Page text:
America executed its first seaward pivot on the cheap. Erstwhile foe Great Britain ruled the waves, and it had reasons of its own for wanting to keep rival empires out of the Americas. Owing to this confluence of interests, Britain’s Royal Navy was a silent partner in the Monroe Doctrine. British, not American seafarers enforced the hands-off policy for most of the 19th century. Washington achieved its geopolitical aims while freeriding on the preeminent fleet of the day. Why invest in an expensive U.S. Navy when powerful outsiders would do the navy’s work for it? Except for a brief buildup for Civil War blockade duty, the U.S. Navy remained a backwater until the 1880s. Only then did the United States lay the keels for its first armored, steam-driven battle fleet — amassing the wherewithal to put steel behind its pivot to the sea. No longer would Washington entrust the doctrine to external guardians whose goodwill could prove fleeting.
In Spykman’s words, U.S. leaders fixed their strategic gaze on "America’s Mediterranean" to the south. They set ambitious goals, such as preserving Latin American republics’ independence while keeping stronger imperial powers at bay. And expediency determined the implements they used to attain those goals. Having an external benefactor like the Royal Navy appeared providential during the founding decades, when the United States was subduing a continent and pursuing internal improvements. By the 1880s, however, the Industrial Revolution had delivered such material abundance that Washington could take charge of North America’s environs. The United States started accumulating strategic mass, manifest in a strong navy. Victory over Spain in 1898 furnished strategic mobility in the form of an island base network to support naval operations in the Caribbean Sea and Gulf of Mexico.
Policy energy, strategic mass, strategic maneuver — these were the struts supporting America’s first foreign-policy pivot. But if Pivot 1.0 swiveled U.S. attention to the Caribbean, it also ushered in Pivot 1.5. Adm. George Dewey’s Asiatic Squadron crushed the Spanish fleet at Manila Bay during the Spanish-American War, handing the United States an offshore outpost in the Far East. Washington scooped up islands such as Hawaii and Guam — islands suitable for naval stations — in the aftermath of war. America had established a bridgehead off the China coast, complete with island stepping-stones to reach it. It just needed a Central American canal to expedite access from the North American east coast to the Pacific Ocean, and thence to the riches of Asia.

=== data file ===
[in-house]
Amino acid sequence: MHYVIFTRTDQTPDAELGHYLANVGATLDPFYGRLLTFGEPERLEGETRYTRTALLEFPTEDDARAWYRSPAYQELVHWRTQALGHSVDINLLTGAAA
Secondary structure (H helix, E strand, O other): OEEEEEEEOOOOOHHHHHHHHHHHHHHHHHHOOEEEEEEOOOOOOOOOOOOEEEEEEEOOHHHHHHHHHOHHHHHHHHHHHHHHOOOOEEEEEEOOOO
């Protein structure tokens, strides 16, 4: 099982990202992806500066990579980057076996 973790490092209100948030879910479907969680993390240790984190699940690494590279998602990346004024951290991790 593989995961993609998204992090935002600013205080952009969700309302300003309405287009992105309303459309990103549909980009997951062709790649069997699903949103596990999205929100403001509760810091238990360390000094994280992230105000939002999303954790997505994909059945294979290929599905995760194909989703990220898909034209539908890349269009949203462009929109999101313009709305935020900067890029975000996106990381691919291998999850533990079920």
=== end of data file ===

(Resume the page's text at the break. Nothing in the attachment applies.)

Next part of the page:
America’s Pacific strategy remained in limbo until the Panama Canal opened in late 1914, completing the arc of Pivot 2.0. In an arresting turn of a phrase, Spykman vouchsafed that the transoceanic waterway in effect lifted the United States and turned it 90 degrees southward on its axis — rotating the republic’s strategic gaze wholesale toward the isthmus and the broad Pacific. In reality the canal split U.S. foreign policy. The republic’s leaders surveyed events not just along the traditional eastward vector toward Western Europe, but also along a new westward vector pointing toward Asia.
With the opening of the canal, the strategic-maneuver component of the Pacific pivot thus fell into place alongside strategic mass. As the United States continued its ascent to great power, consequently, the longstanding pattern — in which the Old World was the arbiter of events in the New — reversed itself. Having won grudging European acquiescence in the Monroe Doctrine, the United States cast eyes on the western and eastern rimlands of Eurasia. Statesmen like Theodore Roosevelt had long considered it dangerous to allow a single great power or hostile coalition to wrest away control of Western Europe, East Asia, or both — gaining sufficient military resources and a geographic platform from which to menace the Americas. Hardscrabble logic like TR’s summoned the United States to Eurasia for two world wars and a Cold War.
The logic of Pivot 2.0 persisted through the Cold War, although the nature of East-West strategic competition drew U.S. strategists’ attention further into the Eurasian heartland occupied by the Soviet Union than during the days when Imperial Germany and the Axis were on the march. Samuel P. Huntington, the great political scientist, contended that U.S. maritime strategy entered a "transoceanic" phase following World War II, fixing American attentions on events deep within Eurasia while empowering U.S. forces to act from forward bases scattered around the rimlands. Call Huntington’s transoceanic strategy Pivot 2.5 if you like. But it was another variation on the same theme.